Canadian researchers have done the math, but the story could be the same for the U.S. market: Not so far in the near future, a massive wave of retirements by business owners could pose a huge risk to the economy.
CIBC World Markets' research indicates that half of all small- and medium-sized businesses in Canada are set to retire in just the next decade, with more than 300,000 businesses poised to transfer control in just the next five years.
All totaled, that will mean almost $2 trillion in business assets that's set to change hands in a very short amount of time. That number is also expected to balloon to $3.7 trillion by 2022, with 550,000 owners leaving their businesses through retirement.
"Given this magnitude, a faulty or badly executed succession planning process could have a ripple effect throughout the Canadian economy via reduced productivity, job losses, premature sales and increased bankruptcy rates," the report added.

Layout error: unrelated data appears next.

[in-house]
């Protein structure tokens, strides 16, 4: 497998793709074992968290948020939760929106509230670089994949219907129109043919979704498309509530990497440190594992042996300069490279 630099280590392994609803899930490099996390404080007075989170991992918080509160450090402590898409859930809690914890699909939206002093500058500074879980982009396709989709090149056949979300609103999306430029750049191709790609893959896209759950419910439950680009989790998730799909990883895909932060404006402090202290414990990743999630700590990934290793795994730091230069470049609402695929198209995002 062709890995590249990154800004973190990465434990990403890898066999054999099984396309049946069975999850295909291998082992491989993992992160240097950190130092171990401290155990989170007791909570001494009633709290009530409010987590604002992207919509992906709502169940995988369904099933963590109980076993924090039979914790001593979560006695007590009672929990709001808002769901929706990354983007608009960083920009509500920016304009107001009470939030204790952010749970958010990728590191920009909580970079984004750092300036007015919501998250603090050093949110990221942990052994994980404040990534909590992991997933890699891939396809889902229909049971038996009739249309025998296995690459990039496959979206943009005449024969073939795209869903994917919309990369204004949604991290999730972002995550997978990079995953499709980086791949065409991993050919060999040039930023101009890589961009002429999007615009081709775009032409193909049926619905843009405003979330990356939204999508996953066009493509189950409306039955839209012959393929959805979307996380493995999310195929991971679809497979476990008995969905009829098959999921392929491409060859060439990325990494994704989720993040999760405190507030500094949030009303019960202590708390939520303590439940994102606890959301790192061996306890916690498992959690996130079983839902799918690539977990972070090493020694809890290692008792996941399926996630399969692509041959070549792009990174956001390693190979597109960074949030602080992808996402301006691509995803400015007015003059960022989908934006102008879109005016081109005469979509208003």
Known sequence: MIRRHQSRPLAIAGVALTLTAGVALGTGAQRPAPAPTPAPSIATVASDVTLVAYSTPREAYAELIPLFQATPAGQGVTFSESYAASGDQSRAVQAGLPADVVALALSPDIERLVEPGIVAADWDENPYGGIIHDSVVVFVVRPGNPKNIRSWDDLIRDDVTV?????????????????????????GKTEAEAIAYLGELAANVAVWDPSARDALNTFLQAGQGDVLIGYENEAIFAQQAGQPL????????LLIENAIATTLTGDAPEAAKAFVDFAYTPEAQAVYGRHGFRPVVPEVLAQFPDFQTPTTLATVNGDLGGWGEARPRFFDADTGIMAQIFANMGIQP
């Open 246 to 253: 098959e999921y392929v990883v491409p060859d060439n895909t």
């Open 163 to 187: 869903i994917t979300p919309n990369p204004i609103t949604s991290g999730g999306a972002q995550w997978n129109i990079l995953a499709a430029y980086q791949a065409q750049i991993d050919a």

Unfortunately, as is the case in the United States, almost half of those business owners at pre-retirement age (55 to 64) have yet to start discussing the issue of handing over the keys to their family members or appropriate business partners.
"At this stage of the game, a small business's principal strength - the reliance on the human capital of the owner in almost every aspect of the business - is also becoming its primary weakness. Adequate succession planning requires time and is often measured in years, not days or months," the report concludes.
No matter what side of the border they're on, small businesses - even retirement advisor practices - face the same issues of faulty succession planning.